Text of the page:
But it wasn’t just suspected Communists who were condemned to Con Dao during this period. Potential enemies of the South Vietnamese government also included students, Buddhists, artists, journalists, and even those who refused to salute the flag.
Hushed rumors of tiger cages on an island penal colony had long been circulating in the region, but firm confirmation of these practices first reached the West in 1970. American Tom Harkin had been working as a U.S. congressional aide in Saigon, where he contacted Vietnamese journalist and translator Don Luce to learn more about the young Vietnamese student protestor movement. Luce introduced Harkin to some leaders of the student movement who had been imprisoned on the island. One survivor drew Harkin a map to the tiger cages.
Harkin then convinced the congressmen he was working with to travel to Con Dao on a fact-finding mission. Once there, Harkin stole away from the official delegation and followed the map to the tiger cages, where he encountered over 500 prisoners living in miserable conditions, more than half of whom were women. They called out for water to him in French. Some of the prisoners were terribly wounded: missing fingers, cracked skulls, gaping sores at their shackled ankles.
Harkin photographed what he had seen, and his images of the atrocity were published in Life magazine in 1970. Con Dao’s prisons, however, weren’t closed until the war ended in 1975.
This story has an interesting postscript: after departing Con Dao, Harkin was pressured by US government officials to turn over his film. He refused, suspecting that it would be destroyed: South Vietnam’s government was in charge of the prison, and an official ally of the US government in its efforts against Communist North Vietnam. He lost his job over the publication of these photographs, learning the hard way that an official fact-finding mission is only supposed to find certain facts. Particularly when the facts cast an ally in an unflattering light. Today, Harkin is a US senator from Iowa.
Visiting the Tiger Cages of Con Dao
As we paid the entrance, the museum staff member warned us, in all seriousness, that we would be locked in if we didn’t make sure to leave by the posted closing times. His warning seemed to elongate the shadows falling from the brick walls of the prison.
We walked along the shadowy pathway, gravel crunching noisily at our feet, not quite sure what we were looking at yet. Then we came upon the first building and went inside, climbing up an inconspicuous set of stairs.
These were the infamous tiger cages. Unlike a “typical” prison cell, a tiger cage only has bars on the ceiling, and the walls are solid concrete. This allowed the guards to monitor and torture the prisoners from above by prodding them with long sticks through the barred ceiling (as a vicious zookeeper might prod a captive animal). Prisoners were doused from above with quick lime, which blinded and burned them.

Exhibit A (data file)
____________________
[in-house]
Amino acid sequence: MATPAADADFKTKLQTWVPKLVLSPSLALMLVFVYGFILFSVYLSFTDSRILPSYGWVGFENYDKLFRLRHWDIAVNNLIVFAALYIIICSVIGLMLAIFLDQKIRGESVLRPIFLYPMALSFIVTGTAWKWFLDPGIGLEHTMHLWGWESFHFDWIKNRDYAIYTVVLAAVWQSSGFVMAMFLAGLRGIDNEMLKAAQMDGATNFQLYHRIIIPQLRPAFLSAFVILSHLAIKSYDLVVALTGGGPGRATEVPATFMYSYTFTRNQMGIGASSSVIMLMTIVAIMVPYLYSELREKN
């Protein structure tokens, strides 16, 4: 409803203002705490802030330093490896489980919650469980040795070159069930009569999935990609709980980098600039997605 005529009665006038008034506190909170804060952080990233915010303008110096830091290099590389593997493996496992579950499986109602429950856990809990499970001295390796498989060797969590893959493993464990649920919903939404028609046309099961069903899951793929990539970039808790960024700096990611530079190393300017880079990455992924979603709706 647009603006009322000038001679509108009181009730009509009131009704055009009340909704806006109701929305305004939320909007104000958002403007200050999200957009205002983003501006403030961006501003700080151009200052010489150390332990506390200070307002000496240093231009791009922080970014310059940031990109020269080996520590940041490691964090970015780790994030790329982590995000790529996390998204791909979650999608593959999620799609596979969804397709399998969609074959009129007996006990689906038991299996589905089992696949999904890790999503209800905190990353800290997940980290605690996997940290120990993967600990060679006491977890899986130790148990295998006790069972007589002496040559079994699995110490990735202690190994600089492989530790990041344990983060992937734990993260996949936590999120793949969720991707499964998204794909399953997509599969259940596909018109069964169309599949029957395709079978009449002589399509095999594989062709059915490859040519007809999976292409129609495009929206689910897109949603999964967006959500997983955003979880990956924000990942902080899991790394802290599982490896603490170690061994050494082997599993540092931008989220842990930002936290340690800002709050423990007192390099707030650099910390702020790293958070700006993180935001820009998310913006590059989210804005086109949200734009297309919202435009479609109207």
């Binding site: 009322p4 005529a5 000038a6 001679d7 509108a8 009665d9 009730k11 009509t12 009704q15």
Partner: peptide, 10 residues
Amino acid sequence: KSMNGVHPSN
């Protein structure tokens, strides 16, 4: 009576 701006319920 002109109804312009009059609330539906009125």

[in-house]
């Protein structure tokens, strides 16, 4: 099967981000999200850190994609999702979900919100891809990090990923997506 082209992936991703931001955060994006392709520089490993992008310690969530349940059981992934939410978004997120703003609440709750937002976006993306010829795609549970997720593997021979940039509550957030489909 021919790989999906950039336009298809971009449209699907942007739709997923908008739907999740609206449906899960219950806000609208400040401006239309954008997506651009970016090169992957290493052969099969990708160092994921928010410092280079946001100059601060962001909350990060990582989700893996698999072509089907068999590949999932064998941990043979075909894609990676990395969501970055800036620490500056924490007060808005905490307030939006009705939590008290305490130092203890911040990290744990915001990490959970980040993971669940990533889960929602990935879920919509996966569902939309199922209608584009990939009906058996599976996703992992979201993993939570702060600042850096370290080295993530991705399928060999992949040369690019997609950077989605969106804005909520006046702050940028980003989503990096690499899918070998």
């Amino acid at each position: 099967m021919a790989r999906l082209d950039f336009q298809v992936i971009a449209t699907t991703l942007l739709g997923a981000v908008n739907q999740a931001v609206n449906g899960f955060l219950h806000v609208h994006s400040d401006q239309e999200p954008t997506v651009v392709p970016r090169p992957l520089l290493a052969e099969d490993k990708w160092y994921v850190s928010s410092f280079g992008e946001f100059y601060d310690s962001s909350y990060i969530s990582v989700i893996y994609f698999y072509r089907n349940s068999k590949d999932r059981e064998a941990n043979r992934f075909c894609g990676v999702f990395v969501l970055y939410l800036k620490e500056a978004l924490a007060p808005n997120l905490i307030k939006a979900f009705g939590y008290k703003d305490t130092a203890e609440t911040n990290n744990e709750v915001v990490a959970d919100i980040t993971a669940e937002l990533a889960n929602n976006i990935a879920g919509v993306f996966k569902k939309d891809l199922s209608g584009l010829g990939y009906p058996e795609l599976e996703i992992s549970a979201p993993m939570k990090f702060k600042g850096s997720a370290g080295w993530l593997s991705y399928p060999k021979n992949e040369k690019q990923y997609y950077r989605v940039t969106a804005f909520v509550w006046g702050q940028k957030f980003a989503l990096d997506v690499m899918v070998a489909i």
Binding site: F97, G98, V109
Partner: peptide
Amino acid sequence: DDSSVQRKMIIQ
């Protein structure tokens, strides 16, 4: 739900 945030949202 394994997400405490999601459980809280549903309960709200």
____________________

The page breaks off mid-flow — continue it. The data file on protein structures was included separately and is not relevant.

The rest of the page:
The tiger cages are only about 5 feet wide by 8 feet long, and each cell housed 3-5 prisoners each. Prisoners were shackled at the ankle to a metal pole that could only be opened from the outside of the cell.
The prisoners were kept naked in the cells. They suffered from TB and sores that never healed and intestinal diseases. They were starved and tortured with thirst. The conditions were unspeakable.
The concentration of suffering in the tiger cages is unfathomable. Trying to imagine what it must have been like in there is like diving into one of those unexplored subterranean caves. The deeper you go, the more unlikely it becomes to find a way back to the surface.
But we have to try.
I wonder if that’s why the museum had done some of this imagining for the visitors – by providing statues depicting the prisoners, eternally posed in one frame of their suffering.
I can’t recall ever having seen a museum of atrocity like this – where the sufferers were represented as life-sized diorama models against the real-life backdrop. Photos or drawings, yes, but not actual models filling the empty space where the prisoners once were.
The figures are slightly off scale – despite their emaciated depiction, the statues are perhaps 75% of the size of a real human. Even stranger, their faces are molded in subdued expressions of sadness, boredom, or listlessness, maybe even remorse. Not the agony or exhaustion or fury or utter hopelessness I had been imagining.
Humans do manage to adapt to the most horrific of circumstances: it’s impossible for anyone to survive long in a state of agony or exhaustion or fury or utter hopelessness. But by providing this representation of the prisoners, the exhibition insists on a tempered understanding of their experience.